Over the years, the Oakland A's have parted ways with some serious talent. Sometimes this was just trading a prospect they underestimated for a veteran they ultimately overvalued; but generally it was due to budgetary reasons. If the A's had the payroll of, say, the New York Yankees or Boston Red Sox, it's possible that their currently weak lineup could've been filled with multiple All-Stars.
I obviously have hindsight on my side, but just to play devil's advocate, I thought it would be interesting to see just what the A's might've looked come 2012 Opening Day if payroll wasn't an issue. Now keep in mind, players who you thought would've been on here had to be left off, because they themselves were in deals that brought over other guys on this roster.
But at the end of the day, it really is a testament to how good Oakland's research and scouting department is that such a high number of great players were at one time donning the green and gold, even if they didn't last that long.
Here are your 2012 Theoretical Oakland Athletics.
After the 2003 season, the A's traded Hernandez to San Diego due in large part to financial reasons. Hernandez was coming off of a career year that saw him hit 21 home runs and 73 RBIs, leaving no doubt that the A's were going to lose him due to the amount of money they had given Eric Chavez that same offseason.
Since then, Hernandez has gone on to a long and steady career with multiple clubs. After leaving Oakland, Hernandez went on to average 13 homers, 58 RBIs and a .274 batting average. It's a level of consistency that Kurt Suzuki has yet to find in his five years with Oakland.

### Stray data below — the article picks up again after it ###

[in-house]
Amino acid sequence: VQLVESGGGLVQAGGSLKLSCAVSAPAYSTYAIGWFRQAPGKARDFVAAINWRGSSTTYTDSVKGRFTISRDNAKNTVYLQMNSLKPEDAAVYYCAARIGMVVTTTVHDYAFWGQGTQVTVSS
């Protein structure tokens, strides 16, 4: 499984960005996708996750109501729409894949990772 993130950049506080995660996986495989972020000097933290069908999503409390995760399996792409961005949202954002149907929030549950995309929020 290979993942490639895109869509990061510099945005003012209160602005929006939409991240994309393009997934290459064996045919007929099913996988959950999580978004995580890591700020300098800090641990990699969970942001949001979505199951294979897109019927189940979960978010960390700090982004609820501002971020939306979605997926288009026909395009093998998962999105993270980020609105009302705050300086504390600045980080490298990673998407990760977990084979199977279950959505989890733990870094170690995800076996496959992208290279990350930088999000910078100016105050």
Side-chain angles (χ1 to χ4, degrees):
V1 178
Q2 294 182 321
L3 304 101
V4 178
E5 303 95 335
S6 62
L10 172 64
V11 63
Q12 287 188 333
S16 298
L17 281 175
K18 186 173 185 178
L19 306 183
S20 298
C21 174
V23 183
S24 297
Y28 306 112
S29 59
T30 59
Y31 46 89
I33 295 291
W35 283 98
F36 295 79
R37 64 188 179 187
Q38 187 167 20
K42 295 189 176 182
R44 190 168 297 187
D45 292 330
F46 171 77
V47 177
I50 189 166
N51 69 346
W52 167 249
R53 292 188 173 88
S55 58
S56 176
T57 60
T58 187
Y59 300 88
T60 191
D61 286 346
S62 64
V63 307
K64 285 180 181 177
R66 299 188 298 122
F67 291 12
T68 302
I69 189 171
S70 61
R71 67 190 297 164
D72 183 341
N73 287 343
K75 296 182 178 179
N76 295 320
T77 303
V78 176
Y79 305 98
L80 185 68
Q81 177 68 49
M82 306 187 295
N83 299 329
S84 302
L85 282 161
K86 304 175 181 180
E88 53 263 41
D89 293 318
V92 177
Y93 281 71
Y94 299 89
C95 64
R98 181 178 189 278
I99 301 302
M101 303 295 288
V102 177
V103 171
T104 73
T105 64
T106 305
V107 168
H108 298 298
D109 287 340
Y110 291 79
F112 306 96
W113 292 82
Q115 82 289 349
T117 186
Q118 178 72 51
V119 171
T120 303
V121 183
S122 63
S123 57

It was really tempting to slide Carlos Pena in this slot and keep Gio Gonzalez in the rotation (Swisher was traded for Gonzalez), but ever since Jason Giambi left after the 2001 season, there's been a revolving door at first for the A's, and there's also a ton of depth at the starting pitcher position.
Though primarily an outfielder, A's fans will remember Swisher playing first a whole lot during his time in Oakland; and he did so rather well. In his career, Swisher owns a fielding percentage of .994 at first base. Compare that to the .996 career fielding percentage of current Yankee teammate, and four-time Gold Glove winner, Mark Teixeira, and it's pretty obvious that Swisher can hold his own defensively.
Offensively, Swisher has vastly improved since leaving Oakland. Now it certainly helps that he left the vast Oakland Coliseum for the hitter friendly Yankee Stadium, but even in Oakland, Swisher has shown the ability to consistently put up plus power numbers, hitting 35 home runs in 2006.